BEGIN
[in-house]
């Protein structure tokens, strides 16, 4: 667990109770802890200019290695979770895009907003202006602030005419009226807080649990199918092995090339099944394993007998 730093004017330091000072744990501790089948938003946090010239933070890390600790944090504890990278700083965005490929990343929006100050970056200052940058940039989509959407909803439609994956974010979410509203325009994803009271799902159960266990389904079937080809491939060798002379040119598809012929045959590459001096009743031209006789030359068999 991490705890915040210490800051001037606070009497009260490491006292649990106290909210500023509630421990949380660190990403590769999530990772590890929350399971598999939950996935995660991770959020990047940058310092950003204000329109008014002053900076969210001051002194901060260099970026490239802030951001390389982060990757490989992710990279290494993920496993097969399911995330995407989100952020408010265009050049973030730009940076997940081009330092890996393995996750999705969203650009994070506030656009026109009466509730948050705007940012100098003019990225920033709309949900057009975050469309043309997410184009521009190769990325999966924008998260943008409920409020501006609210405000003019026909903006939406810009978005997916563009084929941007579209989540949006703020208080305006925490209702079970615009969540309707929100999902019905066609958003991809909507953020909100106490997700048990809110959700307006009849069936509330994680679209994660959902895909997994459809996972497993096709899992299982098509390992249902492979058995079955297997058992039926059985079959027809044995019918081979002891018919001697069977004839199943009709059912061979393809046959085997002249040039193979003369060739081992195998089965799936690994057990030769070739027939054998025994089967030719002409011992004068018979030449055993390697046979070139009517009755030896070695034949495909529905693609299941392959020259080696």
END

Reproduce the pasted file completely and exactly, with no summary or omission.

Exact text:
[in-house]
């Protein structure tokens, strides 16, 4: 667990109770802890200019290695979770895009907003202006602030005419009226807080649990199918092995090339099944394993007998 730093004017330091000072744990501790089948938003946090010239933070890390600790944090504890990278700083965005490929990343929006100050970056200052940058940039989509959407909803439609994956974010979410509203325009994803009271799902159960266990389904079937080809491939060798002379040119598809012929045959590459001096009743031209006789030359068999 991490705890915040210490800051001037606070009497009260490491006292649990106290909210500023509630421990949380660190990403590769999530990772590890929350399971598999939950996935995660991770959020990047940058310092950003204000329109008014002053900076969210001051002194901060260099970026490239802030951001390389982060990757490989992710990279290494993920496993097969399911995330995407989100952020408010265009050049973030730009940076997940081009330092890996393995996750999705969203650009994070506030656009026109009466509730948050705007940012100098003019990225920033709309949900057009975050469309043309997410184009521009190769990325999966924008998260943008409920409020501006609210405000003019026909903006939406810009978005997916563009084929941007579209989540949006703020208080305006925490209702079970615009969540309707929100999902019905066609958003991809909507953020909100106490997700048990809110959700307006009849069936509330994680679209994660959902895909997994459809996972497993096709899992299982098509390992249902492979058995079955297997058992039926059985079959027809044995019918081979002891018919001697069977004839199943009709059912061979393809046959085997002249040039193979003369060739081992195998089965799936690994057990030769070739027939054998025994089967030719002409011992004068018979030449055993390697046979070139009517009755030896070695034949495909529905693609299941392959020259080696």